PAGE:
January 17, 2019
SIU 2019 astronomy observations kick off Sunday with total lunar eclipse
CARBONDALE, Ill. – The moon will turn an eerie shade of red this weekend before disappearing completely during a total lunar eclipse. The event marks the first official public astronomy 2019 observations hosted by the Department of Physics at Southern Illinois University Carbondale.
Event set for overnight, Sunday-Monday
The total lunar eclipse viewing event is set to begin at 9:30 p.m. Sunday and will last until 1 a.m. Monday morning.
The event will take place on the north side of the Neckers Building, between Neckers and the Student Center, as well as on the Neckers astronomy observation deck. Organizers will set up telescopes for public use and visitors are welcome to bring their own telescopes, photography equipment and chairs to the ground level observation area between Neckers and the Student Center.
An awesome show in the sky
A lunar eclipse is a spectacular sight in which the moon gradually darkens as it passes into the Earth's shadow, going from full to crescent and eventually turning a dark shade of orange or maroon, said Bob Baer, specialist in the physics degree program, and coordinator of the observation events.
“The color of the moon during a total lunar eclipse is similar to a sunset on Earth,” Baer said, adding that several interesting celestial objects also will be visible during that evening. The best opportunity for deep-sky viewing comes when the moon is fully shaded, which darkens the sky further.
Staff on hand to help
Physics students, staff, and amateur astronomers will be on hand to answer questions and assist with telescopes. Space on the astronomy observation deck is limited and will be on a first come first served basis. Children accompanied by adults are welcome.
All phases of the event will be visible from Southern Illinois as well as all of North and South America. The Neckers building will be partially open that evening with a live stream of the lunar eclipse shown in Neckers lecture hall 240.
SIU hosts free public observations on the third Sunday of each month during the fall and spring semesters. Observations start one hour after sunset and last about 90 minutes. Participants typically observe bright sky objects such as the moon, major planets, star clusters nebula and some deep sky objects such as the Andromeda Galaxy.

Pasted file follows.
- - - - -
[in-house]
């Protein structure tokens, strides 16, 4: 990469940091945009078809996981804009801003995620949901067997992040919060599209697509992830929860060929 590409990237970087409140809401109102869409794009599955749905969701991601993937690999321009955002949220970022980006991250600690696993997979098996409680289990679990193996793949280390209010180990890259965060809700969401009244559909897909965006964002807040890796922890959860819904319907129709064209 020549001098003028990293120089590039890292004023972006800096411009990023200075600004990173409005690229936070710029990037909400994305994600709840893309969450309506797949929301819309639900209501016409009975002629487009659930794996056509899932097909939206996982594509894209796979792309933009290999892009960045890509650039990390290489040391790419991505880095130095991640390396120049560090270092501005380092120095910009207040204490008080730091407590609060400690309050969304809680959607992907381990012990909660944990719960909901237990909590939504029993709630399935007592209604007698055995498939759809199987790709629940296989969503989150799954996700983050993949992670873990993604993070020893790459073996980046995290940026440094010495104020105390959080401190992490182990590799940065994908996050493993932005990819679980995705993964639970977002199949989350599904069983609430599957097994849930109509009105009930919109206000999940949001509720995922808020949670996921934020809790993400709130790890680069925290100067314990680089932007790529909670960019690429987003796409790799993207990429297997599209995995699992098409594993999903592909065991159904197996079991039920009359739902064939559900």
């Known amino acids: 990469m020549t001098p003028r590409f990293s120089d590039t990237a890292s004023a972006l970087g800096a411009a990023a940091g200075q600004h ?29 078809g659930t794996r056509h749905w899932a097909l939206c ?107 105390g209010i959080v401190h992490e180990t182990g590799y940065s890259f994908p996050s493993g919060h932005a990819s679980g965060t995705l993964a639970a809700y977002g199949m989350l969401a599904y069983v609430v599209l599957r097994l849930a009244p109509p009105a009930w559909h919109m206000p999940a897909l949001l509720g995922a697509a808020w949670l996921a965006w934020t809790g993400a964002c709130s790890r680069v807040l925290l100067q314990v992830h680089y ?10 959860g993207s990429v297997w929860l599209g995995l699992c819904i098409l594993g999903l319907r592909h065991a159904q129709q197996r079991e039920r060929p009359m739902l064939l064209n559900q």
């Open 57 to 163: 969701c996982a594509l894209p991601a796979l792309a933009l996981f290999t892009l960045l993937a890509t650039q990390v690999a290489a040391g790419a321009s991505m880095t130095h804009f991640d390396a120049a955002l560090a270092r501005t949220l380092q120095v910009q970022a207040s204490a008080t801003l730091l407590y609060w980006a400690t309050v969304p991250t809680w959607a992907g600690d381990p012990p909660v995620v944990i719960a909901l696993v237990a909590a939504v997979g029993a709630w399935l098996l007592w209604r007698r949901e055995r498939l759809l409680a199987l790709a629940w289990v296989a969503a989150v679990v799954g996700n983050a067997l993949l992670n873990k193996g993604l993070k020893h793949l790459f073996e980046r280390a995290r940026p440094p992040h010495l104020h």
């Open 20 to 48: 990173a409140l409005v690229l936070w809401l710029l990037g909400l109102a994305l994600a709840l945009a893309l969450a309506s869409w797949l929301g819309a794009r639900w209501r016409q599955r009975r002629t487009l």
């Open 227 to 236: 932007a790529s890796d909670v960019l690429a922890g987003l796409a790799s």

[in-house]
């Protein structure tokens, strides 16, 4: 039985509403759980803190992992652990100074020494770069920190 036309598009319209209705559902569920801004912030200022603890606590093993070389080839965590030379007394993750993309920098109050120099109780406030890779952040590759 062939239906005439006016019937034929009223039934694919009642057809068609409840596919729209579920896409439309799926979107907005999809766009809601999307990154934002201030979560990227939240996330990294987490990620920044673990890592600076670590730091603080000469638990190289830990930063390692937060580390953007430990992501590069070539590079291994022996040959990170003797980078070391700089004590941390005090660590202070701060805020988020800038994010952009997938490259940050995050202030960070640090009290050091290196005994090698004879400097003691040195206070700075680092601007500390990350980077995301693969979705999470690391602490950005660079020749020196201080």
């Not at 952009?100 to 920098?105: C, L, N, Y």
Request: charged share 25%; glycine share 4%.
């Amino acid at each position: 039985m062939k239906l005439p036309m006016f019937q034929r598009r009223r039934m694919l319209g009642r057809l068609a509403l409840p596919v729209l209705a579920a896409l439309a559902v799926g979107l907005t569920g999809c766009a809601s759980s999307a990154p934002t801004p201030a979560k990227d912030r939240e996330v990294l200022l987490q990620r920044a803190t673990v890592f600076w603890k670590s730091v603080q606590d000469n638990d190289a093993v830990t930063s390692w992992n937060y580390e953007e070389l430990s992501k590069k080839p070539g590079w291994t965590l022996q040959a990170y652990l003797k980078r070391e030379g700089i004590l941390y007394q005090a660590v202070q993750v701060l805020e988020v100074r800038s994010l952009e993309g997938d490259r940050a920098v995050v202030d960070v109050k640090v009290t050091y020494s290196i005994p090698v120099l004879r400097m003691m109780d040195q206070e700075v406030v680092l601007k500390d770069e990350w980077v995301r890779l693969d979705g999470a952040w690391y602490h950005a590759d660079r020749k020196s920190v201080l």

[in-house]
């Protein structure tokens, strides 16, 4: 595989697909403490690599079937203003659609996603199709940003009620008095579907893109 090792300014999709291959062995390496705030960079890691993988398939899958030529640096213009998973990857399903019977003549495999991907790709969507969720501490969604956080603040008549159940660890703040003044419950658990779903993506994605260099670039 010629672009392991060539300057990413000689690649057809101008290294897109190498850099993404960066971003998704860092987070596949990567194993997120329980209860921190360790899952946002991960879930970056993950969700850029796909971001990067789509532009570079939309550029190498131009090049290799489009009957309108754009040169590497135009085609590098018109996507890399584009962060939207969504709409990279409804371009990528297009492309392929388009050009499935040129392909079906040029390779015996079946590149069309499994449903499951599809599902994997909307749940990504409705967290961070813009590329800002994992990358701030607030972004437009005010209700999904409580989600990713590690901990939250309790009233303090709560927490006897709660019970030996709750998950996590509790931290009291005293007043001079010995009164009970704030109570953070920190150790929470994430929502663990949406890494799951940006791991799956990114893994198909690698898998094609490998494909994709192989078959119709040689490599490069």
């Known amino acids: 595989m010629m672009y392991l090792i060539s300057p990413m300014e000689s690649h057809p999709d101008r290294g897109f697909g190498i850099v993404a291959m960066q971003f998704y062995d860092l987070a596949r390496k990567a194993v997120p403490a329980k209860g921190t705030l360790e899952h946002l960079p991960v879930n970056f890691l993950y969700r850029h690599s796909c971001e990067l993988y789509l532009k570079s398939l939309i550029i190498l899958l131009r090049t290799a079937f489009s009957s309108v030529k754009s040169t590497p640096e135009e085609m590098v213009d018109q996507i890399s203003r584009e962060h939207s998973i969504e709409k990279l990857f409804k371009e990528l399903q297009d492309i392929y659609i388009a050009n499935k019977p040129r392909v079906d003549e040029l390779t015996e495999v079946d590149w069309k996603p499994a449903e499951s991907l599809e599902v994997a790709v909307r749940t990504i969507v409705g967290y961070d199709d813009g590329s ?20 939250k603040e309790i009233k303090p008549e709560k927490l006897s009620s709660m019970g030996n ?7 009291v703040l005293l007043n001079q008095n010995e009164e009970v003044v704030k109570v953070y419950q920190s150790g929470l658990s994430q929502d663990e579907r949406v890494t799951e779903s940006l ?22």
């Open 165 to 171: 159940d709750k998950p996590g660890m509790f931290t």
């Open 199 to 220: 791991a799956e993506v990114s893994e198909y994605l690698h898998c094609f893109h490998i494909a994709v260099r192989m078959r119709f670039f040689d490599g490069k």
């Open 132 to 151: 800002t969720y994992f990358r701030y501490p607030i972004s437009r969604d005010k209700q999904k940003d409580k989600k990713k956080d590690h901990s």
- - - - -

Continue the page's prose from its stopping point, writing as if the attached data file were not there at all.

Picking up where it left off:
Additional observation dates for the spring semester include:
6:30-8 p.m. Feb. 17
Hosted by the SIU physics department and the Astronomical Association of Southern Illinois at the Neckers astronomy observation deck. Telescopes provided. Children accompanied by adults are welcome. Mars, Uranus, the moon, Great Orion Nebula and the Pleiades.
8-9:30 p.m. March 17
Hosted by the SIU physics department and the Astronomical Association of Southern Illinois at the Neckers observation deck. Telescopes provided. Children accompanied by adults are welcome. Viewing opportunities include: Mars, Uranus, the Moon, Great Orion Nebula the Pleiades.
8:30-10 p.m. April 21
Hosted by the SIU physics department and the Astronomical Association of Southern Illinois at the Neckers observation deck. Telescopes provided. Children accompanied by adults are welcome. Viewing opportunities include: Mars, Uranus, Great Orion Nebula and the Pleiades.
July 12 – Southern Illinois Summer Star Party
Hosted by SIU physics department and the Astronomical Association of Southern Illinois in partnership with the Adler Planetarium of Chicago. The event will be held at the SIU Dark Site west of campus. More information to be announced.
All observations are weather dependent and space-limited. The Neckers observation deck is not handicap accessible, however officials can arrange for telescopes to be setup at ground level for individuals not able to take stairs to the observation deck. Those with large groups or other special needs, please contact the event coordinator in advance of the event.
For up to the minute event info and online discussion, see the physics department FaceBook event info page.